(This advanced blog summarizes real estate investing tips and insights Lofty AI has acquired from working with thousands of investors and institutional funds.)
Townhouse vs. Duplex
This post teaches you whether you should invest in a townhouse or a duplex.
Subtle hint: Invest in duplexes, not townhouses.
It also walks you through the differences between a duplex and townhouse and the pros and cons of each.
Let's get started.
What is a duplex?
- A duplex is a house consisting of two units with two separate entrances.
- In most cases, a duplex is laid out in a side-by-side arrangement.
- Duplexes are stand-alone-properties, much like single-family homes.
- Duplexes give investors the ability to house-hack. House hacking means a landlord can live in one unit and rent out the other, which has many advantages.
What is a townhouse?
- A townhouse is a single-family home that shares one or more walls with other independently-owned units.
- Townhomes are often rows of uniform homes that are two stories or taller.
- Residents own their interior and exterior walls, lawn, and roof, as well as the insurance.
- Maintenance costs are determined by the community's HOA.
Which is a better investment?
Let's walk through the pros and cons of each property type to determine which is a better real estate investment.
Pros of investing in duplexes
- House hacking - House hacking means that you live in one unit and rent out the unit next-door for cash flow. With this method, you get to live in your investment property while also keeping an eye on it at all times. House hacking is the perfect scenario for a first-time investor wanting to know how to learn real estate investing.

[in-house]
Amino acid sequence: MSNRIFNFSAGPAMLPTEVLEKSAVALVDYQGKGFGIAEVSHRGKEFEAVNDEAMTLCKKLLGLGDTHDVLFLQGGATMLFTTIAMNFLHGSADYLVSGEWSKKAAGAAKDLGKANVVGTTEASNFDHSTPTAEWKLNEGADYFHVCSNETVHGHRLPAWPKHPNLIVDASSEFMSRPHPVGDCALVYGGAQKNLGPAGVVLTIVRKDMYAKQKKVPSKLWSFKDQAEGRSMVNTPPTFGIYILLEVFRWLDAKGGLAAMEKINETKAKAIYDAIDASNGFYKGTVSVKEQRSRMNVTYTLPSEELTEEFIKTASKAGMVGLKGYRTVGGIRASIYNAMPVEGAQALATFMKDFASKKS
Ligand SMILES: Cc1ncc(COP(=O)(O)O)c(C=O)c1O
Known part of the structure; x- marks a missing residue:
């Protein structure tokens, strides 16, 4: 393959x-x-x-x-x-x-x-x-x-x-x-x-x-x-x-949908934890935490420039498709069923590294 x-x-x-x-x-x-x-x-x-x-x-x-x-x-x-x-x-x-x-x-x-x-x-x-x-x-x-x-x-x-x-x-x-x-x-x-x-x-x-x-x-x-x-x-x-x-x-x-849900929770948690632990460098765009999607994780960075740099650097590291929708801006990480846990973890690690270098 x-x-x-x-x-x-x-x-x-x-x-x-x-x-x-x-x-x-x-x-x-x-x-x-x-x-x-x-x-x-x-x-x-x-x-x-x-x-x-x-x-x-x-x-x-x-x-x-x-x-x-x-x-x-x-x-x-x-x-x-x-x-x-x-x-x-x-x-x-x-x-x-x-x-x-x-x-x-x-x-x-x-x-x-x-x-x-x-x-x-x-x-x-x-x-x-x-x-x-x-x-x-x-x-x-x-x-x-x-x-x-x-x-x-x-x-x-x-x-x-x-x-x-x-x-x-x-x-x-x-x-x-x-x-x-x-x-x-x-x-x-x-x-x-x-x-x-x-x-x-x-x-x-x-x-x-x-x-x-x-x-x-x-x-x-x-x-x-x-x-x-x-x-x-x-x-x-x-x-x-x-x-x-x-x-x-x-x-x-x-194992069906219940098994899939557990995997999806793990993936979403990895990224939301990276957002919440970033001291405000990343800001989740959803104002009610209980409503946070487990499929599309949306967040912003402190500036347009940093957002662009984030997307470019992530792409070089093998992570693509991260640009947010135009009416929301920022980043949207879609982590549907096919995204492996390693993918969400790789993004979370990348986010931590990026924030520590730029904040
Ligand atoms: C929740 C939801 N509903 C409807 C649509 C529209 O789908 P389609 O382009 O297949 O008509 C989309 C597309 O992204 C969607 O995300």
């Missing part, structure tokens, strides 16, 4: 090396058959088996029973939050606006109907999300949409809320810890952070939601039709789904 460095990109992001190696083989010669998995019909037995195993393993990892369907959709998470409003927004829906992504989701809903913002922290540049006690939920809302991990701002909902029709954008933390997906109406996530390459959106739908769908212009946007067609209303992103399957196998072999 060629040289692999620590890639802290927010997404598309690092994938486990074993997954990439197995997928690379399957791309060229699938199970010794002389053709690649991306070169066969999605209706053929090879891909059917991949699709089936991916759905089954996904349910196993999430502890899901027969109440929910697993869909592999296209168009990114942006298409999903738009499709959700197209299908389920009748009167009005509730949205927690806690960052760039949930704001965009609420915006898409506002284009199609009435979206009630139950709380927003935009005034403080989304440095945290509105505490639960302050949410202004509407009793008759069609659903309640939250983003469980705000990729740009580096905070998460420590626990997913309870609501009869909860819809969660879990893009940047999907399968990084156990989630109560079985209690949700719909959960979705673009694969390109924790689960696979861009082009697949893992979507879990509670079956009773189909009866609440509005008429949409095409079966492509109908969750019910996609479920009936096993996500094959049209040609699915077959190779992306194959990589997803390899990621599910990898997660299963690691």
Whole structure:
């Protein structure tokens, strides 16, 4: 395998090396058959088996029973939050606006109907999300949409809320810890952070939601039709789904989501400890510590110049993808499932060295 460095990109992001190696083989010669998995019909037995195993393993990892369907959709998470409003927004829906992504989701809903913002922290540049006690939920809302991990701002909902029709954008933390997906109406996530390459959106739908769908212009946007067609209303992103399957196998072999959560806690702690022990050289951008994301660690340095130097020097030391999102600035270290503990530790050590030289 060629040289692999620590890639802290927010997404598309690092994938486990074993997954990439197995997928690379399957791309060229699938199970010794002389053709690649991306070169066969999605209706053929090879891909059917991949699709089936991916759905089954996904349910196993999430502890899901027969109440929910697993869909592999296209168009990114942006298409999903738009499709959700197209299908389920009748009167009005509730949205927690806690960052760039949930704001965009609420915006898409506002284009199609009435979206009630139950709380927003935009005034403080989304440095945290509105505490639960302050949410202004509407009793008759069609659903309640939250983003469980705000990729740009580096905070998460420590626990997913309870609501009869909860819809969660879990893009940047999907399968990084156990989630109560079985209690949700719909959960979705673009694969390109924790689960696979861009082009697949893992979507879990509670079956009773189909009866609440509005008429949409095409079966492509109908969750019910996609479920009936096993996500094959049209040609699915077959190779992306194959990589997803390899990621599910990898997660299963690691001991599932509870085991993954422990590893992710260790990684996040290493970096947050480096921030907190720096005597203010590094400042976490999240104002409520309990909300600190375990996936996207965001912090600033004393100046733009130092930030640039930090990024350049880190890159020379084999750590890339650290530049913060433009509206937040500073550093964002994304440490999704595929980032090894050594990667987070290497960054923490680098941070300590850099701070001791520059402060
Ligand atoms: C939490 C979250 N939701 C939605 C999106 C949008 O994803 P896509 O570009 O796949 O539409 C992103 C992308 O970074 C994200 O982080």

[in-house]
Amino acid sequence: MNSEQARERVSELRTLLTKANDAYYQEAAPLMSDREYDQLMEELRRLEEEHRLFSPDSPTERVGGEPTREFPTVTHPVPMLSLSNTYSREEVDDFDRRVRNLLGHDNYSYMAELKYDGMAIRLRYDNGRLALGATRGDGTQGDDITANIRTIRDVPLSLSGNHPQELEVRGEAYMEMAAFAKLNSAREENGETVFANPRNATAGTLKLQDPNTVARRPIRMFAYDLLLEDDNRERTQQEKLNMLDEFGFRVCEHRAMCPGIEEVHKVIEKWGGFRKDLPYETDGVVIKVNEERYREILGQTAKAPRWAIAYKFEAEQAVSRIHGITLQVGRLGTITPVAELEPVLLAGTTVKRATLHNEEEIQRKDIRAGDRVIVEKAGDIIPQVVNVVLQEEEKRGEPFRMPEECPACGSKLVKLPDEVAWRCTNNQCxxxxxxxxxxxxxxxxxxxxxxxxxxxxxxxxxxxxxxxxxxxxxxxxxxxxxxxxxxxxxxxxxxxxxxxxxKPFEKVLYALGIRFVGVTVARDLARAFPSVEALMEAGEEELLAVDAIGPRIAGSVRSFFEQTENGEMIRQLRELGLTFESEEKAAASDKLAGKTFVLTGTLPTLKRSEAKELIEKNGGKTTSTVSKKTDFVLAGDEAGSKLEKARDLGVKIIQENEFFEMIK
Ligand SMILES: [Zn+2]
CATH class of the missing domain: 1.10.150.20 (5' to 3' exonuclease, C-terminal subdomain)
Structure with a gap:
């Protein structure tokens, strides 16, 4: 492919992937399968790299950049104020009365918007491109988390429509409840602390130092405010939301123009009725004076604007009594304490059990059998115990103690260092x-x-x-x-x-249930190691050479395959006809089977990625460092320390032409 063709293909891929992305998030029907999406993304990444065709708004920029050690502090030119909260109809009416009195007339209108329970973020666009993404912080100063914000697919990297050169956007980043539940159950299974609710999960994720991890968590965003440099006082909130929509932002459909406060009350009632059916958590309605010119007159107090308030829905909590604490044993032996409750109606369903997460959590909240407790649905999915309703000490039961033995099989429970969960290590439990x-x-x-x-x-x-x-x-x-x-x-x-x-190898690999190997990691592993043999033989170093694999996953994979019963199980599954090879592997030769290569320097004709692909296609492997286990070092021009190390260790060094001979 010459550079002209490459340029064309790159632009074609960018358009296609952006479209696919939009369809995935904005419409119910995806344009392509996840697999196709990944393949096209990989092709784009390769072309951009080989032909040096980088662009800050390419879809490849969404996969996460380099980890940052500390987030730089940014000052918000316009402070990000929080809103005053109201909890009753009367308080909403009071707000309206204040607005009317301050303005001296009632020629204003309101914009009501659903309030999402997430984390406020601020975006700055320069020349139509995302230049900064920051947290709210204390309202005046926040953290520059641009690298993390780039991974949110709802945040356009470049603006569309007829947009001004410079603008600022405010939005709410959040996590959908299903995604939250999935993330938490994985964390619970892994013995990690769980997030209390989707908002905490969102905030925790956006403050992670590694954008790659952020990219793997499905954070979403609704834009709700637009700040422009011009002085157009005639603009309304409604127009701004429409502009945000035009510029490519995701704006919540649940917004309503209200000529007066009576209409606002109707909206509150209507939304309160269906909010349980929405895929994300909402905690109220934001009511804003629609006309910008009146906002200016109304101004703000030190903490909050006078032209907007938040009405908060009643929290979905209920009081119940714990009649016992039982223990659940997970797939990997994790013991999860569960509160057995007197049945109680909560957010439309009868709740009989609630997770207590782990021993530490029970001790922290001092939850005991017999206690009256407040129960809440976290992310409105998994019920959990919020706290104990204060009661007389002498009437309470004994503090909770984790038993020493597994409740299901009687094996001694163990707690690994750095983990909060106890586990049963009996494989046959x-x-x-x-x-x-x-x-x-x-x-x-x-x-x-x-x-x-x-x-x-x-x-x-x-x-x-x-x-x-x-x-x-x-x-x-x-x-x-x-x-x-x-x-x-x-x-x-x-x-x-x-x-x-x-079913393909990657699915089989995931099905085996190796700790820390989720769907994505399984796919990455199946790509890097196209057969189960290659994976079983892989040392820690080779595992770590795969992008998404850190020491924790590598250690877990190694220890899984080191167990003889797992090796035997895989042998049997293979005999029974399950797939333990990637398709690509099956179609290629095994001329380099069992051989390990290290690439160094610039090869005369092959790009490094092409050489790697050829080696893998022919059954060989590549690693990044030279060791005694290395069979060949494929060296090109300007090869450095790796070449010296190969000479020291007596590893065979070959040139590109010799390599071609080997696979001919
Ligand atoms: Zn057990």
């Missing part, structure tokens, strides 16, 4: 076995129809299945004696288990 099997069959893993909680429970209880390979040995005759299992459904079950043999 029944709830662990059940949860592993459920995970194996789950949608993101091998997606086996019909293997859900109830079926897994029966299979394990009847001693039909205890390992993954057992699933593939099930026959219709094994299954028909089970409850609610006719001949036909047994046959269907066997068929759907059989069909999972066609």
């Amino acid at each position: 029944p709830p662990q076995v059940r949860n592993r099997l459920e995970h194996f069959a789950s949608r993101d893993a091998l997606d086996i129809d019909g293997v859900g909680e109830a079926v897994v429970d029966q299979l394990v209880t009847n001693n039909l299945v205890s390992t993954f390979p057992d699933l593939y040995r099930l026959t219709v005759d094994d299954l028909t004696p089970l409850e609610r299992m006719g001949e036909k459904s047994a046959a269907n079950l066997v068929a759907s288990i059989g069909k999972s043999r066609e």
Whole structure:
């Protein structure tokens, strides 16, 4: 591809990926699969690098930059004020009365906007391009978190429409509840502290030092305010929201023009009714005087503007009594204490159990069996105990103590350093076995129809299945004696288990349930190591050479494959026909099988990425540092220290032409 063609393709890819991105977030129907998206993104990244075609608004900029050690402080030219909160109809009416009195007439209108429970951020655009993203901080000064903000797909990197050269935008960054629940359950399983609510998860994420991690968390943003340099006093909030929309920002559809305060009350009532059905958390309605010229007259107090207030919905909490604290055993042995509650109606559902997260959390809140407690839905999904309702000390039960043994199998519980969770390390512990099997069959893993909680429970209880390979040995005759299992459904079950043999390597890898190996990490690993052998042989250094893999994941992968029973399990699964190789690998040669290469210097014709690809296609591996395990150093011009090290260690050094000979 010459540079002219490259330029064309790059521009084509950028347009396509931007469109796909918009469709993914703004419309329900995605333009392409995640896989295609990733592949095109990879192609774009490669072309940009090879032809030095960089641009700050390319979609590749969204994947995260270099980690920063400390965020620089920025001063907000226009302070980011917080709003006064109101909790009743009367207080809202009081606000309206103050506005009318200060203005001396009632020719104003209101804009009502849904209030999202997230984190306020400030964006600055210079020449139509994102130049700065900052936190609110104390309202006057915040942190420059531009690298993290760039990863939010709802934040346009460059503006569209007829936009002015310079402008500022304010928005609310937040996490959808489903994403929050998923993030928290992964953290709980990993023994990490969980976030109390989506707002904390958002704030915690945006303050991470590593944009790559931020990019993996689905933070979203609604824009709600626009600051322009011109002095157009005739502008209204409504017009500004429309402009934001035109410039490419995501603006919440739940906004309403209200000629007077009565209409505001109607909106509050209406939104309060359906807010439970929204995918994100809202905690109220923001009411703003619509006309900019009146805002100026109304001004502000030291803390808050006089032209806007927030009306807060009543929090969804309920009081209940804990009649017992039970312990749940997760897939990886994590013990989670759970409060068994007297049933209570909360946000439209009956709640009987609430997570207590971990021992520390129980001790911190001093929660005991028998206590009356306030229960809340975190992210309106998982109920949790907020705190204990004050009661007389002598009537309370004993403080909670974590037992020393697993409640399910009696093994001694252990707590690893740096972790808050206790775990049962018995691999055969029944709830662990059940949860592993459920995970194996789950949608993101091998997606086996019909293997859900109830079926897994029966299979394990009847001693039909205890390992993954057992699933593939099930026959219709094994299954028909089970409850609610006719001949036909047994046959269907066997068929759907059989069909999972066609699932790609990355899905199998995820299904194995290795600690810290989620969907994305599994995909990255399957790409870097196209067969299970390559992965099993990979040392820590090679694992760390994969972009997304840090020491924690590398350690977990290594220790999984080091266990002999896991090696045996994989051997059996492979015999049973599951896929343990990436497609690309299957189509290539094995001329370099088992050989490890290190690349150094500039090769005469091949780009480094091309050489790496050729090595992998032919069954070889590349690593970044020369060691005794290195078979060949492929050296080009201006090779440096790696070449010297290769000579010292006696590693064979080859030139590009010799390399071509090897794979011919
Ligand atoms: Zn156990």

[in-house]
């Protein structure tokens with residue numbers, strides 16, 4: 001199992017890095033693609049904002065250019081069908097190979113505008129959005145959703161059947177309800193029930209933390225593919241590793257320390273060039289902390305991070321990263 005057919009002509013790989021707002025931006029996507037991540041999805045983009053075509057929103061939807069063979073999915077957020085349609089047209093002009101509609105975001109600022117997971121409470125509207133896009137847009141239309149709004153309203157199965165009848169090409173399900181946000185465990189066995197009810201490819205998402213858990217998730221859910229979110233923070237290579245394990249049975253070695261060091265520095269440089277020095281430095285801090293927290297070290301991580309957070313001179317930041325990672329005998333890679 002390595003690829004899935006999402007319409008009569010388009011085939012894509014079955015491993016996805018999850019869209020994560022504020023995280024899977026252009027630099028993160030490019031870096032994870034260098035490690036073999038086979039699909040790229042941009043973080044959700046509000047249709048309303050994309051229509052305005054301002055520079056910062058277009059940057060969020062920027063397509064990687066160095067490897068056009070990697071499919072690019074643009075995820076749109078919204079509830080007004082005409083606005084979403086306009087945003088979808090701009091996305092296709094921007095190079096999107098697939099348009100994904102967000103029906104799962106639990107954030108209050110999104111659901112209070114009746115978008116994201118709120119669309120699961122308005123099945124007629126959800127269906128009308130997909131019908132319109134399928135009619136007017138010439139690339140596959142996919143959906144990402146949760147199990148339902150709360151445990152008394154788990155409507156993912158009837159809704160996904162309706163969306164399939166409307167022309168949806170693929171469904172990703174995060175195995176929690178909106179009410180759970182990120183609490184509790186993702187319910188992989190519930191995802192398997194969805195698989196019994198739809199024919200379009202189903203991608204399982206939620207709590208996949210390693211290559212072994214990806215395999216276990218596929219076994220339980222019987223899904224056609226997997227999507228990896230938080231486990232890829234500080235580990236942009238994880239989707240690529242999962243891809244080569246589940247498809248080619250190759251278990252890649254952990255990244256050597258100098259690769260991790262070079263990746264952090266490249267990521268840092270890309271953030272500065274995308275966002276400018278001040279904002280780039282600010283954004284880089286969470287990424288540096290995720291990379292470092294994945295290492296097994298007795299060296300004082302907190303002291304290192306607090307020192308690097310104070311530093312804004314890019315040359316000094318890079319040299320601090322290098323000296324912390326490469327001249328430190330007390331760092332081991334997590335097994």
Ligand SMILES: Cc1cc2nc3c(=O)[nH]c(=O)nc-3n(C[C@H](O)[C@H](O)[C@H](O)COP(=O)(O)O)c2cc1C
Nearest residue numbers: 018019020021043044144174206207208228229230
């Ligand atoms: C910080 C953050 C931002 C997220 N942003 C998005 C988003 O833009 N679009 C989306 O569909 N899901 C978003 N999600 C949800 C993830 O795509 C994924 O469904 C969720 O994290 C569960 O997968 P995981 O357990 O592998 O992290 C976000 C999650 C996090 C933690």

- Keep watch on your property 24/7 - It's much easier to keep an eye on your property and tenant when your unit is connected to theirs. This is a great way to get started after you ideally find a cheap duplex for sale.
- You might end up with a better tenant - You will probably rule out most bad tenants that pay late and party into the night because they know they'll be living next to their landlord. You will also be less likely to encounter a hold over tenant. A holdover tenancy is when a tenant continues to live in a property after his or her lease has expired, without the landlord’s explicit permission.
- Mortgage advantages - Mortgage companies tend to give better interest rates to people buying a property they will also live in. They also consider a duplex as one property which can help you get a better rate as well. Many lenders will even allow you to include part of the potential rent into your income when qualifying for a mortgage.
- Low cost - Duplexes for sale are generally located in affordable areas primed for growth. This makes them an excellent investment for a first-time real estate investor.
- Rent to a family member - You can rent the additional unit to a family member who needs more supervision, instead of them moving into a nursing home. This sort of living situation works well for many families. You have your beloved family members close by, they maintain their independence, and everyone has some privacy.